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Waveform Capnography

 

Quantitative Waveform Capnography

The 2010-2015 AHA Guidelines for ACLS now recommend using quantitative waveform capnography in intubated patients during CPR. Waveform capnography allows providers to monitor CPR quality, optimize chest compressions, and detect ROSC (return of spontaneous circulation) during chest compressions.

Also, according to the AHA, continuous waveform capnography along with clinical assessment is the most reliable method of confirming and monitoring correct placement of an ET tube.

What is Waveform Capnography

Quantitative waveform capnography is the continuous, noninvasive measurement and graphical display of end-tidal carbon dioxide/ETCO2 (also called PetCO2). Capnography uses a sample chamber/sensor placed for optimum evaluation of expired CO2. The inhaled and exhaled carbon dioxide is graphically displayed as a waveform on the monitor along with its corresponding numerical measurement.

As an assessment tool during CPR, capnography can help the ACLS provider determine a number of things. It is a direct measurement of ventilation in the lungs, and it also indirectly measures metabolism and circulation. For example, a decrease in perfusion (cardiac output) will lower the delivery of carbon dioxide to the lungs. This will cause a decrease in the ETCO2 (end-tidal CO2), and this will be observable on the waveform as well as with the numerical measurement.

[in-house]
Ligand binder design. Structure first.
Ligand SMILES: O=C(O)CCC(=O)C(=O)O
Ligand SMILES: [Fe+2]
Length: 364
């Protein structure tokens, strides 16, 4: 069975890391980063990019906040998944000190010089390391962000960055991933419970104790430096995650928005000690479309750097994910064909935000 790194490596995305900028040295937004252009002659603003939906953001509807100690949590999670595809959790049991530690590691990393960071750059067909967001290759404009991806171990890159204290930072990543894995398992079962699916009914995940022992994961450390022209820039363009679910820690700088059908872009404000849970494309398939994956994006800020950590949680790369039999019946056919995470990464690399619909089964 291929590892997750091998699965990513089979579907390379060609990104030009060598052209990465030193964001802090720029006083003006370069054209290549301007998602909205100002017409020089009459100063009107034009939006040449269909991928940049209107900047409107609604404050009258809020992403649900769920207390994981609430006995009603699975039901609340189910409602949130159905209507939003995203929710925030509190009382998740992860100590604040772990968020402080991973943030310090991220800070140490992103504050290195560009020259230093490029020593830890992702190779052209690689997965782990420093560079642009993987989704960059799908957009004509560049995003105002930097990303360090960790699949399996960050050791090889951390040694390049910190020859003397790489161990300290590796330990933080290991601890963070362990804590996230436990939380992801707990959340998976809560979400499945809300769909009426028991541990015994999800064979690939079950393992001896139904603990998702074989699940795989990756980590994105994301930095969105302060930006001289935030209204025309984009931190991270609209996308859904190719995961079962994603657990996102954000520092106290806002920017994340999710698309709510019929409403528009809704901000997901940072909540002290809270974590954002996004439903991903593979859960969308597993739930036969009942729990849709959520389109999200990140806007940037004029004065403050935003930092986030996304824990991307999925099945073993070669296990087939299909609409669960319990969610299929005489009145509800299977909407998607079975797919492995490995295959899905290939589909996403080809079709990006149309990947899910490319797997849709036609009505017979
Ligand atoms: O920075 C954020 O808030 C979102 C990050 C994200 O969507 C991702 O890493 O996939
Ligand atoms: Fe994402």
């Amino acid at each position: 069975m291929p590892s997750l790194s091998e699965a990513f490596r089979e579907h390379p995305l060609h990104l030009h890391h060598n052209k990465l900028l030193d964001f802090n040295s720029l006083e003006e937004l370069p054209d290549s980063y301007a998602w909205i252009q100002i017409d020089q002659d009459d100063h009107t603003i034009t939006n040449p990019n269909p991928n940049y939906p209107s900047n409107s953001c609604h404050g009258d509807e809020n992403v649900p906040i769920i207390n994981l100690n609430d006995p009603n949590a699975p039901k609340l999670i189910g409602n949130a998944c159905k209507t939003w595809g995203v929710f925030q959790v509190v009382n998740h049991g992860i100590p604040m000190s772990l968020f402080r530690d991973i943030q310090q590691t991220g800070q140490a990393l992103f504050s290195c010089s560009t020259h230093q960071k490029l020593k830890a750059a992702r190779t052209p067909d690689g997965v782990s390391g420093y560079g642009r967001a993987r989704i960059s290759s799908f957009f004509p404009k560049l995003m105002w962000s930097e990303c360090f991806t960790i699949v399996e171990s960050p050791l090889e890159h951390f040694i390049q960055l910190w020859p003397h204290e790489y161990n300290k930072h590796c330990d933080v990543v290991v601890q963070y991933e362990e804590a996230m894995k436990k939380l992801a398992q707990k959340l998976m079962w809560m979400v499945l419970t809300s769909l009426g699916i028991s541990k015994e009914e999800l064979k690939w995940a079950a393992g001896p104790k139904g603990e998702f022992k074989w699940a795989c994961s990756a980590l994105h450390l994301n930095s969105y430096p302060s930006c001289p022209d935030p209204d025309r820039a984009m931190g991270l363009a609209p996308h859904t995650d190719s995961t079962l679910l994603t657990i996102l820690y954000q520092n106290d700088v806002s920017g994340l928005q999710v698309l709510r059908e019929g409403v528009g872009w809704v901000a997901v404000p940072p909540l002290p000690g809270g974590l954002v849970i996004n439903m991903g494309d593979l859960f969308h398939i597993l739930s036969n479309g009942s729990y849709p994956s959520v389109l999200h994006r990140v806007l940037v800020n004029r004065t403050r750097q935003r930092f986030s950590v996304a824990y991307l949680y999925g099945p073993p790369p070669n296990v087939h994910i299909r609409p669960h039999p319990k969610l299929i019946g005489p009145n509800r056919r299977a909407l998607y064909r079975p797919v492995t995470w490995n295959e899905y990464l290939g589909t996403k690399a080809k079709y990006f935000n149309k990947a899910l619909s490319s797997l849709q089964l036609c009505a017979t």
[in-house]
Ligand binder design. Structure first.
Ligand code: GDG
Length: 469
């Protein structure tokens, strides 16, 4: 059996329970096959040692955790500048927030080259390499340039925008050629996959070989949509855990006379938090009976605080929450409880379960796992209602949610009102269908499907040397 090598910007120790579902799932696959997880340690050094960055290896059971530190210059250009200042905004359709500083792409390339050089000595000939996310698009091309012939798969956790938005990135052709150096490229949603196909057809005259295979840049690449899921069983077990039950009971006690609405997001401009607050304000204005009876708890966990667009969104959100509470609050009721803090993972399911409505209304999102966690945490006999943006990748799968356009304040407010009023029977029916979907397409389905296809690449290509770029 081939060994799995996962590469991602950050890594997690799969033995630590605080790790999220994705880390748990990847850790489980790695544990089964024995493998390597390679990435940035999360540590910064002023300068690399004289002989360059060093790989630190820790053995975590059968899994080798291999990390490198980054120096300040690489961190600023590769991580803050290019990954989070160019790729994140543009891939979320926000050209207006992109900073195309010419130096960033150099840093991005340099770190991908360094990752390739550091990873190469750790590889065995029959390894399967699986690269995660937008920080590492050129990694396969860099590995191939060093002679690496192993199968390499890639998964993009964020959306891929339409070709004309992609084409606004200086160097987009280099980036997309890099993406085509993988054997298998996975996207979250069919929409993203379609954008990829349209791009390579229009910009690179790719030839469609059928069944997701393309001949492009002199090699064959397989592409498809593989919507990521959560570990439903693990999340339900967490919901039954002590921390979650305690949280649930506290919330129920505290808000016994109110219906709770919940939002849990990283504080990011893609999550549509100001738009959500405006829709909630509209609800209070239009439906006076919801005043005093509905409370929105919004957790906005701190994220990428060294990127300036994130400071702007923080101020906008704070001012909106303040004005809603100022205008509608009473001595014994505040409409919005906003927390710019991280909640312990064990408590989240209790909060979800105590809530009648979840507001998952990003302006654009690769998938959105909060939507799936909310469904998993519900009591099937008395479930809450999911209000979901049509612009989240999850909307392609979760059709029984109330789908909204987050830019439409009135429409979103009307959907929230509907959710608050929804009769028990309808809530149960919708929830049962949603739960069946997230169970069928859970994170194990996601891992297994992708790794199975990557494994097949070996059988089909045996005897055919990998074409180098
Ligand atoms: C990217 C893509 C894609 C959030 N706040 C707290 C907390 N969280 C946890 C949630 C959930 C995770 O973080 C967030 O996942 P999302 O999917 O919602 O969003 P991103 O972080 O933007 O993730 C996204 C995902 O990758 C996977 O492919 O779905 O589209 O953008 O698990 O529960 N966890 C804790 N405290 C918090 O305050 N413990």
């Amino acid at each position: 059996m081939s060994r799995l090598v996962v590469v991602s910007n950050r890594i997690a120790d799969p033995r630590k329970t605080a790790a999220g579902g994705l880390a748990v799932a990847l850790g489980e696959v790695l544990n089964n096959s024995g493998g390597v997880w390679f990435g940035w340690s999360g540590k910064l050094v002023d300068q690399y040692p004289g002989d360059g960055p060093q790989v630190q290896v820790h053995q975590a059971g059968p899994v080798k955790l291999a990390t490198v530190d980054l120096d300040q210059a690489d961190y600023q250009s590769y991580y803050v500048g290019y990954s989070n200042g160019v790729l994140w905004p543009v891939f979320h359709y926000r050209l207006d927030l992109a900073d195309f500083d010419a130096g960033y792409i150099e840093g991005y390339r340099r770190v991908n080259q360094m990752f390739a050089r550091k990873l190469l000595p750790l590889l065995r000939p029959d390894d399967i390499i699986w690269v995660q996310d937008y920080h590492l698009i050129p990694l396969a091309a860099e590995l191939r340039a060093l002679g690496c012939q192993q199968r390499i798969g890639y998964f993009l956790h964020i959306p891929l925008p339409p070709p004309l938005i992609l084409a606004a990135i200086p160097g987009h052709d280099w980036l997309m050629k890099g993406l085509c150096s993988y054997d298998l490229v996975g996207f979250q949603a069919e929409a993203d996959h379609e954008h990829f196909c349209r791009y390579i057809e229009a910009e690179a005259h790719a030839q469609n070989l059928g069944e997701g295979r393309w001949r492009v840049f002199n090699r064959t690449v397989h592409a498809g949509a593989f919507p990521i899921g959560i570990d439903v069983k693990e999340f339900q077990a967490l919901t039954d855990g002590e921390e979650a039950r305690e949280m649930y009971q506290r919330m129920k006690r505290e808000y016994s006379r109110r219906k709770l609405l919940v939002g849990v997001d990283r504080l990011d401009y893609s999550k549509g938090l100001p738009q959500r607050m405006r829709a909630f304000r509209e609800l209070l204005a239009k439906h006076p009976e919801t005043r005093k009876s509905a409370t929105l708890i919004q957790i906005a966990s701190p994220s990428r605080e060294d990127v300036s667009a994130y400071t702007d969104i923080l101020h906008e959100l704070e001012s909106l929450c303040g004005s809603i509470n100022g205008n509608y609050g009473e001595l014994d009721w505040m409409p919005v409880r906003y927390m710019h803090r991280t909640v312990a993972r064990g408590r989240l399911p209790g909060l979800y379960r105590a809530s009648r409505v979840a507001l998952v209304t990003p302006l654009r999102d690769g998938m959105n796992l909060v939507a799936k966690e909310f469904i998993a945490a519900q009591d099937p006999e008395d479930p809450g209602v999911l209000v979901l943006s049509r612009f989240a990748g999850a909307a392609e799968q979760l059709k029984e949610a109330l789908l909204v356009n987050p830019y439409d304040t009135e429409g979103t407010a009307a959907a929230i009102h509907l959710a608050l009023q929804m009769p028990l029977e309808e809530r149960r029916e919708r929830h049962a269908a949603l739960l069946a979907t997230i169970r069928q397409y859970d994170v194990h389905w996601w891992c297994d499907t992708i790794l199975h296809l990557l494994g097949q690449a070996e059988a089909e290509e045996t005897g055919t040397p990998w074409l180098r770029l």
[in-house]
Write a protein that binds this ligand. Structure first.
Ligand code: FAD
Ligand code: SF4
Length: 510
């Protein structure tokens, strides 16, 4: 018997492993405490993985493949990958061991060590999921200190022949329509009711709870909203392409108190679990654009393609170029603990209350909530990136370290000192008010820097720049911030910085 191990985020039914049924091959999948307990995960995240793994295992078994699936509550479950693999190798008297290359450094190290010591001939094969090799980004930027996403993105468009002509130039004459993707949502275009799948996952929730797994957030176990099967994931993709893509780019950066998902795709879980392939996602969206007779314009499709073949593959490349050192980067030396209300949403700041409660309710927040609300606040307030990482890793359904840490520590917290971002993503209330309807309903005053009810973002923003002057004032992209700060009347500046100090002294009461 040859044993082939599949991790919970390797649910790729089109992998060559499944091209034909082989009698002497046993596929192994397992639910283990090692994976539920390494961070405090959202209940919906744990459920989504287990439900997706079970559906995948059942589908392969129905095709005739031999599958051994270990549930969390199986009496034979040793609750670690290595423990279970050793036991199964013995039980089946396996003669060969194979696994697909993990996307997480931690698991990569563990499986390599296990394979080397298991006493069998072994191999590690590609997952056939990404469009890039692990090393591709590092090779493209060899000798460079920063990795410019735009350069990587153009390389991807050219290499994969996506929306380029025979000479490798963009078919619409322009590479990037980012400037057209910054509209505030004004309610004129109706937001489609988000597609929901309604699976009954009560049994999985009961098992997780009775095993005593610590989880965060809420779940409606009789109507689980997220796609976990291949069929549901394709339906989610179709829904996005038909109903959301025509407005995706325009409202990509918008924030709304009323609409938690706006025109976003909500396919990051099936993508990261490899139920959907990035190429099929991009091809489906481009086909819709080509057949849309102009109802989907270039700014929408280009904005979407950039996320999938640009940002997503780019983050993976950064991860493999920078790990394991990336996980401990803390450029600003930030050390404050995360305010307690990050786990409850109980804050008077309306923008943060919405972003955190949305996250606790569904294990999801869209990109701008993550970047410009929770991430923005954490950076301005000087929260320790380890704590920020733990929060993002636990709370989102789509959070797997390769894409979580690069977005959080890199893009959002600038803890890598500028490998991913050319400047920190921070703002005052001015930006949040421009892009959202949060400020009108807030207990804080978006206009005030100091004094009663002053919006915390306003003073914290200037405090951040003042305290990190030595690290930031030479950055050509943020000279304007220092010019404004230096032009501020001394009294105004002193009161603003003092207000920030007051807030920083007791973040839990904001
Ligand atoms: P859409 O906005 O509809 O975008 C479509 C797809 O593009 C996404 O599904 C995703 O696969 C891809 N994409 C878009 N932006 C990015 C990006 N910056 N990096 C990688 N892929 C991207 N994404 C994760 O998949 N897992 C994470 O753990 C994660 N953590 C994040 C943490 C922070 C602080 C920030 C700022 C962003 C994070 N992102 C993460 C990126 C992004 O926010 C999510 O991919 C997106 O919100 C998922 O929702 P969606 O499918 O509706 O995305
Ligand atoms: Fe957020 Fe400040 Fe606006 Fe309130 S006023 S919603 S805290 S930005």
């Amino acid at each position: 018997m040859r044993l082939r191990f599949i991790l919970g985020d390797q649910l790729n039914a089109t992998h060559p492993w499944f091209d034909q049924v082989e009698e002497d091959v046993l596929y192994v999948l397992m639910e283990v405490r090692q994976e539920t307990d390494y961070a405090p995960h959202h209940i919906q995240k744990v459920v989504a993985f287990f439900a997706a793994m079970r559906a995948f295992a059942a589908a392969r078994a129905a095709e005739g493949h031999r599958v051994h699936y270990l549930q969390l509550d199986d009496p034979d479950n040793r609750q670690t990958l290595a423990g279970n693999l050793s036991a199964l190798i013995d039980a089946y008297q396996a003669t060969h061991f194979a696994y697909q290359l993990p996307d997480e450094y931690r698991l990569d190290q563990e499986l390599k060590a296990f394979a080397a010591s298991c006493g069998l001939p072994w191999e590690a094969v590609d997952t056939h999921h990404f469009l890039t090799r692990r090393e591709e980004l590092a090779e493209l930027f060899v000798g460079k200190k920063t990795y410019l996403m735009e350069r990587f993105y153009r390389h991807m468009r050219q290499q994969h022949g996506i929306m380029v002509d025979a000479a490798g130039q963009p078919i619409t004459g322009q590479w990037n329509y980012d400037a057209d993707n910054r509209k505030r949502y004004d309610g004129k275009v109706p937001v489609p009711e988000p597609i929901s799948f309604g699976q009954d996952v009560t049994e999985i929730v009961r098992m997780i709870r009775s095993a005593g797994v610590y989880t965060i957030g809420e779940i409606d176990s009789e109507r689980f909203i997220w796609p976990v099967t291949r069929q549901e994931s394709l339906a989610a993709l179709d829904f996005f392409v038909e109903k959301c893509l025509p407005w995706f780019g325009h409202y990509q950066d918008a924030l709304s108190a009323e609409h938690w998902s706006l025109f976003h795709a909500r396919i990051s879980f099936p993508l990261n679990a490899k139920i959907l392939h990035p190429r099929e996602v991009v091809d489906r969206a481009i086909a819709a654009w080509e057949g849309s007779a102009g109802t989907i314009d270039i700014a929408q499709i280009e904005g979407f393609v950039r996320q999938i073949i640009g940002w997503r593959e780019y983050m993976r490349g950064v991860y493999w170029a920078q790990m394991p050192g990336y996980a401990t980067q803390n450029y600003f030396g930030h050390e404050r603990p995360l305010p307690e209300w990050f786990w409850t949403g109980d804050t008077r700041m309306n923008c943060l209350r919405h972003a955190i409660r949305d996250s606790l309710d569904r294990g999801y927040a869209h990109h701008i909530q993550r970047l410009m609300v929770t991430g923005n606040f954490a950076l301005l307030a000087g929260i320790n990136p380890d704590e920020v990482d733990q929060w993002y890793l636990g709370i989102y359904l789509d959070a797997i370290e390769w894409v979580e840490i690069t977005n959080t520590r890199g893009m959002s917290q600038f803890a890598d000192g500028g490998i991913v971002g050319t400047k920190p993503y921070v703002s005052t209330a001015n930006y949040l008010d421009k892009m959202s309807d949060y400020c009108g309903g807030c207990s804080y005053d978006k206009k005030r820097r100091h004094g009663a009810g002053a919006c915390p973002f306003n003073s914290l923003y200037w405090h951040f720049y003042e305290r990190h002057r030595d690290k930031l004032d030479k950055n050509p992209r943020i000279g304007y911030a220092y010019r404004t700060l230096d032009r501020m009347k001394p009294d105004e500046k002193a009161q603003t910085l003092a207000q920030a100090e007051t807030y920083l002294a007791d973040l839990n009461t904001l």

Normal ETCO2 in the adult patient should be 35-45 mmHg.

Two very practical uses of waveform capnography in CPR are: 1.) evaluating the effectiveness of chest compressions; and 2.) identification of ROSC. Evaluating effectiveness of chest compressions is accomplished in the following manner: Measurement of a low ETCO2 value (< 10 mmHg) during CPR in an intubated patient would indicate that the quality of chest compressions needs improvement.